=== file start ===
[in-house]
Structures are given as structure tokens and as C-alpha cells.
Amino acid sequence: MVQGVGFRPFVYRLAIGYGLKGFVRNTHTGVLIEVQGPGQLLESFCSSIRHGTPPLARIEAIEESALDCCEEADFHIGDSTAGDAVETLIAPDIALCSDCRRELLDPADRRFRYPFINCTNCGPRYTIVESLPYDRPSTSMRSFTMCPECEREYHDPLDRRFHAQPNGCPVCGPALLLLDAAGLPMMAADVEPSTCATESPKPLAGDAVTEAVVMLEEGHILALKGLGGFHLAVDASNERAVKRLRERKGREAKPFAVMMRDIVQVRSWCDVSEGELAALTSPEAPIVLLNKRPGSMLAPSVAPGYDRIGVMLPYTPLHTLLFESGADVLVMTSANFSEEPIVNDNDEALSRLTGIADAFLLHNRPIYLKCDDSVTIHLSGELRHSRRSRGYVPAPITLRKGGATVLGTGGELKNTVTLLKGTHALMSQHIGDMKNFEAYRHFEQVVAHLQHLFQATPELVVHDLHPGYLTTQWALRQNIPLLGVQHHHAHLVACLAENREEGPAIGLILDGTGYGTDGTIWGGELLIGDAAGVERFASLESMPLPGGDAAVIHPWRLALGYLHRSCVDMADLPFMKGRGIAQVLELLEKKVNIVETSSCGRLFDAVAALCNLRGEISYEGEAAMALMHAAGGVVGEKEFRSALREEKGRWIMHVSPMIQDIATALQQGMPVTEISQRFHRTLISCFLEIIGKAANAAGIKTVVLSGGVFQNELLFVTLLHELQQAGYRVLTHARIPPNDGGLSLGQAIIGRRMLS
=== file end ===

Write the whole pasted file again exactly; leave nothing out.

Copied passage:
[in-house]
Structures are given as structure tokens and as C-alpha cells.
Amino acid sequence: MVQGVGFRPFVYRLAIGYGLKGFVRNTHTGVLIEVQGPGQLLESFCSSIRHGTPPLARIEAIEESALDCCEEADFHIGDSTAGDAVETLIAPDIALCSDCRRELLDPADRRFRYPFINCTNCGPRYTIVESLPYDRPSTSMRSFTMCPECEREYHDPLDRRFHAQPNGCPVCGPALLLLDAAGLPMMAADVEPSTCATESPKPLAGDAVTEAVVMLEEGHILALKGLGGFHLAVDASNERAVKRLRERKGREAKPFAVMMRDIVQVRSWCDVSEGELAALTSPEAPIVLLNKRPGSMLAPSVAPGYDRIGVMLPYTPLHTLLFESGADVLVMTSANFSEEPIVNDNDEALSRLTGIADAFLLHNRPIYLKCDDSVTIHLSGELRHSRRSRGYVPAPITLRKGGATVLGTGGELKNTVTLLKGTHALMSQHIGDMKNFEAYRHFEQVVAHLQHLFQATPELVVHDLHPGYLTTQWALRQNIPLLGVQHHHAHLVACLAENREEGPAIGLILDGTGYGTDGTIWGGELLIGDAAGVERFASLESMPLPGGDAAVIHPWRLALGYLHRSCVDMADLPFMKGRGIAQVLELLEKKVNIVETSSCGRLFDAVAALCNLRGEISYEGEAAMALMHAAGGVVGEKEFRSALREEKGRWIMHVSPMIQDIATALQQGMPVTEISQRFHRTLISCFLEIIGKAANAAGIKTVVLSGGVFQNELLFVTLLHELQQAGYRVLTHARIPPNDGGLSLGQAIIGRRMLS